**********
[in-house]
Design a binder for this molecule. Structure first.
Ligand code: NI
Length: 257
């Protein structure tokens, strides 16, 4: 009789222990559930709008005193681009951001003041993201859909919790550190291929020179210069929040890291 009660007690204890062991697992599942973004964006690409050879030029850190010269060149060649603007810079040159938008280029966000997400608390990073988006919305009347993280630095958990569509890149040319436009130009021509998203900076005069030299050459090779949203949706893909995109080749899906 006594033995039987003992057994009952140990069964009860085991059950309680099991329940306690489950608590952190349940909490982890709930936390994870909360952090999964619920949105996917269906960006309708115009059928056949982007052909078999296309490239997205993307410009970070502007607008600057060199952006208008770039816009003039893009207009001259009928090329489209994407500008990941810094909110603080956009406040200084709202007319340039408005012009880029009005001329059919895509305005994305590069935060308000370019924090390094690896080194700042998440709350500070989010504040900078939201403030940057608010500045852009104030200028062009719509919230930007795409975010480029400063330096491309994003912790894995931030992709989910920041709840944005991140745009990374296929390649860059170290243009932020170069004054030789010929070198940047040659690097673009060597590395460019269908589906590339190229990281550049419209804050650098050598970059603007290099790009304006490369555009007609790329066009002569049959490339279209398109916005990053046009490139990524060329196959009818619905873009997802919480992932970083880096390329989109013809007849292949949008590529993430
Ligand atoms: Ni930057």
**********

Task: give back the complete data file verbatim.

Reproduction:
[in-house]
Design a binder for this molecule. Structure first.
Ligand code: NI
Length: 257
């Protein structure tokens, strides 16, 4: 009789222990559930709008005193681009951001003041993201859909919790550190291929020179210069929040890291 009660007690204890062991697992599942973004964006690409050879030029850190010269060149060649603007810079040159938008280029966000997400608390990073988006919305009347993280630095958990569509890149040319436009130009021509998203900076005069030299050459090779949203949706893909995109080749899906 006594033995039987003992057994009952140990069964009860085991059950309680099991329940306690489950608590952190349940909490982890709930936390994870909360952090999964619920949105996917269906960006309708115009059928056949982007052909078999296309490239997205993307410009970070502007607008600057060199952006208008770039816009003039893009207009001259009928090329489209994407500008990941810094909110603080956009406040200084709202007319340039408005012009880029009005001329059919895509305005994305590069935060308000370019924090390094690896080194700042998440709350500070989010504040900078939201403030940057608010500045852009104030200028062009719509919230930007795409975010480029400063330096491309994003912790894995931030992709989910920041709840944005991140745009990374296929390649860059170290243009932020170069004054030789010929070198940047040659690097673009060597590395460019269908589906590339190229990281550049419209804050650098050598970059603007290099790009304006490369555009007609790329066009002569049959490339279209398109916005990053046009490139990524060329196959009818619905873009997802919480992932970083880096390329989109013809007849292949949008590529993430
Ligand atoms: Ni930057």